We have enough shelter supplies for over 6,000 people, but that’s not counting the Red Cross, which is enough to shelter 5,000 people.
When we evacuate people, we find that only about 10-15 percent go to a public shelter, the rest stay with family and friends.
How big could an evacuation be? Do you have plans to evacuate everybody?
During the (2007) fires, we did implement the largest fire evacuation in the history of the country. So we have plenty of experience doing that.
Where we have focused on is a level-two evacuation of up to 250,000 people. A level-three evacuation of all the county is extremely unlikely. There aren’t that many scenarios that would cause us to evaluate San Diego.
Even during a major earthquake, our goal is not to evacuate. It’s much safer for most of the citizens to shelter in place because the roads and bridges aren’t safe and power lines are down.
Some terrorism-related scenarios would cause us to do a major evacuation. We do have a plan for evacuating the bulk of San Diego County and have timed it out how long it would take and where we’d go.
How long would it take?
It would take approximately 36 hours to evacuate the bulk of the population.
It’s deceiving. We move a good share of our population every day. Hundreds of thousands of people commute.
If you look at the number of cars that the roads can handle, especially contraflow (with the freeways set to go just one way), with three per car assuming the family goes together, and the roads moving the way we think they should be, I think we average 35 miles an hour or whatever, it can be done.
We certainly do have challenges because we have so few ways to get out of here, with Mexico to the south and the ocean to our west. We are limited, but it can be done if we had to. But we don’t see a lot of scenarios that would require us to do that.
Do you have a place to put people?
Once they left the county, we’d have to work very closely with Arizona, Orange County or whatever to take them in. That’s the real challenge, what to do with the citizens once they’ve gone.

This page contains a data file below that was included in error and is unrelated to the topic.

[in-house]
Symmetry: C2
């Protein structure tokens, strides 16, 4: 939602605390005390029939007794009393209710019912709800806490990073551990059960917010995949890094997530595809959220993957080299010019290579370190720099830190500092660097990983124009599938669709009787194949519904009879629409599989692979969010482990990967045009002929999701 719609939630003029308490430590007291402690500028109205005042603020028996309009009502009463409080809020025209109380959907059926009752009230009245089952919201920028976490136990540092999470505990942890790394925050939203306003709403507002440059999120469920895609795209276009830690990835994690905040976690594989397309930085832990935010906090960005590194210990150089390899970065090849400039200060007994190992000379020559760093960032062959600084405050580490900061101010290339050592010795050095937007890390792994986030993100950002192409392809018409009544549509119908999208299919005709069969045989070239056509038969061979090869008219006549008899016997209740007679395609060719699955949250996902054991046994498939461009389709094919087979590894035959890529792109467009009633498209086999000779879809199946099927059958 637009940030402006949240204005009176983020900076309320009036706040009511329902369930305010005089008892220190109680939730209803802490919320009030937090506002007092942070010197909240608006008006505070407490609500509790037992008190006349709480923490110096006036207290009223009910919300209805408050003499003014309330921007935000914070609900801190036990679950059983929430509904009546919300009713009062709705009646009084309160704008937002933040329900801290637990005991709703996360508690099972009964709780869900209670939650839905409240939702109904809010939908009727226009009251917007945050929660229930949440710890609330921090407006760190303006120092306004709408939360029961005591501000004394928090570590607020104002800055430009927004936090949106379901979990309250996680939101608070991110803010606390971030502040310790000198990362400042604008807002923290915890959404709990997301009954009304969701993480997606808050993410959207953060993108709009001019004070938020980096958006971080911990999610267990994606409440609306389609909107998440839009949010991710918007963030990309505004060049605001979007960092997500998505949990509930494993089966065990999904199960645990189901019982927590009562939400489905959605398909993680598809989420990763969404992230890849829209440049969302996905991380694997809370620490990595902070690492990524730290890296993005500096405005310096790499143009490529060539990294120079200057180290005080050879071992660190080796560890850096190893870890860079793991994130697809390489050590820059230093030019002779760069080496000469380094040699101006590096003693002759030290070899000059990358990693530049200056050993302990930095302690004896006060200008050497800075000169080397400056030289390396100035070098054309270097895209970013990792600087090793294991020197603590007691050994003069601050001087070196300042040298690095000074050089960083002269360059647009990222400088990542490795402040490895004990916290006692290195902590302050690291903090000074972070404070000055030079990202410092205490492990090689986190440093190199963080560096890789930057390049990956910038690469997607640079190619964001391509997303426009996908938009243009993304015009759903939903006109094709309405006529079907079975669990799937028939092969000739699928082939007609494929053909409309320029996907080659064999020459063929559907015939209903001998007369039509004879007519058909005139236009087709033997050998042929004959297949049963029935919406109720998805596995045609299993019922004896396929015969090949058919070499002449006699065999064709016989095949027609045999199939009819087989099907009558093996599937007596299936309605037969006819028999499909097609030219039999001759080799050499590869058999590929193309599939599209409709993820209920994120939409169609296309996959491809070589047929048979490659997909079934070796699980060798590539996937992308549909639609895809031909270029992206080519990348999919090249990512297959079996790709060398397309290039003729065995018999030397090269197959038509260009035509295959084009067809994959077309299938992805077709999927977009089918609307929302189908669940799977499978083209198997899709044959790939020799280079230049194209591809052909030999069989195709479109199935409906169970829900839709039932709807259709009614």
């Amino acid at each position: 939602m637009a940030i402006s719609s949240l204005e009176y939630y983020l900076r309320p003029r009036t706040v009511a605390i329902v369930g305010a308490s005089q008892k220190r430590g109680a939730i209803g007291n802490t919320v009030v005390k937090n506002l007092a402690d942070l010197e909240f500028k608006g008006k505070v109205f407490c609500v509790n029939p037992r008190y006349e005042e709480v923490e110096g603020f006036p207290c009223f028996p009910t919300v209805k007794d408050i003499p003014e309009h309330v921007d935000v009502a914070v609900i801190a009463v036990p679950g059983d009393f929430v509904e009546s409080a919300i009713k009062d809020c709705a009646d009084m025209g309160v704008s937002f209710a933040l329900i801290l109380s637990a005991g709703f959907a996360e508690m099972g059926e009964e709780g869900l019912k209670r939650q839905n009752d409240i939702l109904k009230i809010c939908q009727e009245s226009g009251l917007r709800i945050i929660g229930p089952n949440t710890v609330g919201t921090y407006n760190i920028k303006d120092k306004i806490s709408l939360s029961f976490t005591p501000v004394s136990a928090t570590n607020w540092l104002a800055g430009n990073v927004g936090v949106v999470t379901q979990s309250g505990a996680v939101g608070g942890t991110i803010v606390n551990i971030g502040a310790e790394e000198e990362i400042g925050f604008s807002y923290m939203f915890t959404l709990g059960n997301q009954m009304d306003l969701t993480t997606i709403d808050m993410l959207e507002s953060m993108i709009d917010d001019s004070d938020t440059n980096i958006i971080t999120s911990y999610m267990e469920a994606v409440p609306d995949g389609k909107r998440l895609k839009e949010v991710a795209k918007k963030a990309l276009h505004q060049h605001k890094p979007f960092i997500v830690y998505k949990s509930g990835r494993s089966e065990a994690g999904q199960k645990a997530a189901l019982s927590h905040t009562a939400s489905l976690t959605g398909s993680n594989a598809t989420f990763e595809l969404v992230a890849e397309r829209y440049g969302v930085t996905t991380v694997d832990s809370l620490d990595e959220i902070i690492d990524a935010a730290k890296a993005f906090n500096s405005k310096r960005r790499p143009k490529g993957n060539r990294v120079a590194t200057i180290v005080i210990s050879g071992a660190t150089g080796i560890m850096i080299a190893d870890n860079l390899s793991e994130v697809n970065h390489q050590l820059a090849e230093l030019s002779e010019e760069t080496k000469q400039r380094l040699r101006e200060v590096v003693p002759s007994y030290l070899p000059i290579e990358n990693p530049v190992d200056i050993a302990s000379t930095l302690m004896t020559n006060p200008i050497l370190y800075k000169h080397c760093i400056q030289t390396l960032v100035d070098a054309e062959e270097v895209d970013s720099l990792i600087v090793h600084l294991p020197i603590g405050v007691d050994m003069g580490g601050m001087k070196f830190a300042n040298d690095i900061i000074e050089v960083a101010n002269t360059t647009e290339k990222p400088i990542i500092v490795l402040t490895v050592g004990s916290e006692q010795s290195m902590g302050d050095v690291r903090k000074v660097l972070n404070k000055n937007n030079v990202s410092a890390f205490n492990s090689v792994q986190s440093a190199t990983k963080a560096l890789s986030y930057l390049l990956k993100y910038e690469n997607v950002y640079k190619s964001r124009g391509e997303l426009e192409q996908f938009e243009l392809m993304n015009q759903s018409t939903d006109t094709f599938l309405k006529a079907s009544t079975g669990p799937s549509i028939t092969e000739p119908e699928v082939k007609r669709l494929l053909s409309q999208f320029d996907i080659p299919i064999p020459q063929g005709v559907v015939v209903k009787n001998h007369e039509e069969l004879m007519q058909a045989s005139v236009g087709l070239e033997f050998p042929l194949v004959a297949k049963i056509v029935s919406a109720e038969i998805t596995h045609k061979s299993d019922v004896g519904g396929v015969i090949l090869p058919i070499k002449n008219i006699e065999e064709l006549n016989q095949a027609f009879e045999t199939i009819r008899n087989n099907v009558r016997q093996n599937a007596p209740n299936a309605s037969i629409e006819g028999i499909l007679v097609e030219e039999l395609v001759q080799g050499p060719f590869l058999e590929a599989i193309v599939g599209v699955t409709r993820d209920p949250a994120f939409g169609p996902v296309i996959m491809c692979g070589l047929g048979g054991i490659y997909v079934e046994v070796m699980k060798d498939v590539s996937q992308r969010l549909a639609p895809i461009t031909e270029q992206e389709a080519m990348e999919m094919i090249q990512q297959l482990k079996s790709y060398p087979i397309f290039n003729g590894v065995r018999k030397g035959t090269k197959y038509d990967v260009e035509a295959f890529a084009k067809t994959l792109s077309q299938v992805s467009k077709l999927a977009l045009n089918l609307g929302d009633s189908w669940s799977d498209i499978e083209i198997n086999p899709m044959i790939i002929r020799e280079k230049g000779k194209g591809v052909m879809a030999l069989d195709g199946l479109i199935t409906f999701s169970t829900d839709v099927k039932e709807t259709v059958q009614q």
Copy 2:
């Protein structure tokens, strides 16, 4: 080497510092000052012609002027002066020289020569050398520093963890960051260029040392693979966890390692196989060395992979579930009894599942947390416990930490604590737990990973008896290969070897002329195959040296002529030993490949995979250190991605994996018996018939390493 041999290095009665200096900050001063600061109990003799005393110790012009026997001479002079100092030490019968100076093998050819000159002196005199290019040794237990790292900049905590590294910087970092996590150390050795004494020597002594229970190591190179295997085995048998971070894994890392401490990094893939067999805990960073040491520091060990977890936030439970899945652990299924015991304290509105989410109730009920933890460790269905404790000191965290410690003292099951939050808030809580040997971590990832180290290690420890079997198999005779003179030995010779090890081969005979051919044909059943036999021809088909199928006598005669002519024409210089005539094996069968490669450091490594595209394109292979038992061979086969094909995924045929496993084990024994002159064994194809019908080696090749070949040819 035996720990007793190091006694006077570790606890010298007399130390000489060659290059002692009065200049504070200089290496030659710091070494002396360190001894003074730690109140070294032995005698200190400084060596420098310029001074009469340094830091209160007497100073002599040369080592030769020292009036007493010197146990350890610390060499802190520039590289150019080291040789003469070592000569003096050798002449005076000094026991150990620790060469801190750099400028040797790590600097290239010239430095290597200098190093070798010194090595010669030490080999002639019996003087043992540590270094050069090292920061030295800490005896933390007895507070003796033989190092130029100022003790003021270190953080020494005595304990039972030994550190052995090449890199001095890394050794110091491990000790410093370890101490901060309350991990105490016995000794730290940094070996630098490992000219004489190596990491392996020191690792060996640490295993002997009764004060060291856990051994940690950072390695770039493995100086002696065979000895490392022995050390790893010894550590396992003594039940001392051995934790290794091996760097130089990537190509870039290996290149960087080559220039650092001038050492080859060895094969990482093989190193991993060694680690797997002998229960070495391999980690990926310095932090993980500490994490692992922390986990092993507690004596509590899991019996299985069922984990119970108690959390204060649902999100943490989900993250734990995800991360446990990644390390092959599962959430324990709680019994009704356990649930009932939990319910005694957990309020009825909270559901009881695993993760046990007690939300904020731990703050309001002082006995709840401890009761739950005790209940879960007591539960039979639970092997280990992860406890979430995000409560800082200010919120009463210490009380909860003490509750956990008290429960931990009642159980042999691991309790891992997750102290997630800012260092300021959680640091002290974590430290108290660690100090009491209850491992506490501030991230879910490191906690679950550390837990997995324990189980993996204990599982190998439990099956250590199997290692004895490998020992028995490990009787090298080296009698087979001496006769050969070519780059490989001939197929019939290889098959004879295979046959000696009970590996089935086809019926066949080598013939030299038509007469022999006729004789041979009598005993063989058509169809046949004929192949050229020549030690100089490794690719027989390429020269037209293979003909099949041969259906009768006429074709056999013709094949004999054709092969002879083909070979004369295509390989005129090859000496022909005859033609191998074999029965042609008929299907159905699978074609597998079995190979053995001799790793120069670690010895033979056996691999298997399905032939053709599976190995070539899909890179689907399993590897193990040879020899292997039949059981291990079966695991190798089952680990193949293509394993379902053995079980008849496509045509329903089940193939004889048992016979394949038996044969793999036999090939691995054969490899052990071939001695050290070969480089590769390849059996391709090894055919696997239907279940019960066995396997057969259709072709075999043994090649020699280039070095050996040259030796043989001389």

What about Mexico? Could they take people?
That’s an international thing that would have to be arranged with the federal government.
What will be some challenges during an evacuation?
I’m a firm believer that the most vulnerable among us are those who have the least ability to withstand a major disaster. (It’s important to have) plans for vulnerable populations, whether it’s the elderly or homeless or disabled, those populations who can’t evacuate themselves or fend for themselves. Over the last couple of years, we’ve really focused on having good, strong plans in place to help them.
Do you have a plan for the homeless?
It wasn’t a major issue during the fires, although we had some migrant camps to evacuate.
In our evacuation plan, we have a strategy to establish evacuation points where homeless people can go to get on public transportation, buses that we provide, to get out of the danger area. And it’s not just homeless people, it’s tourists and people who don’t have access to a car at a given time.
Are there some unusual disasters that you’ve discussed and are ready for? Like a tsunami?
Tsunamis aren’t that unusual. Technically, we’ve had five tsunamis over the last two decades, but all were relatively small, under 3- or 5-foot waves.
There are things like pandemics, bird flu, that are concerns.
Emergency management is about being prepared for an unknown. You never know when a plane will crash or a train will derail or there will be a school shooting.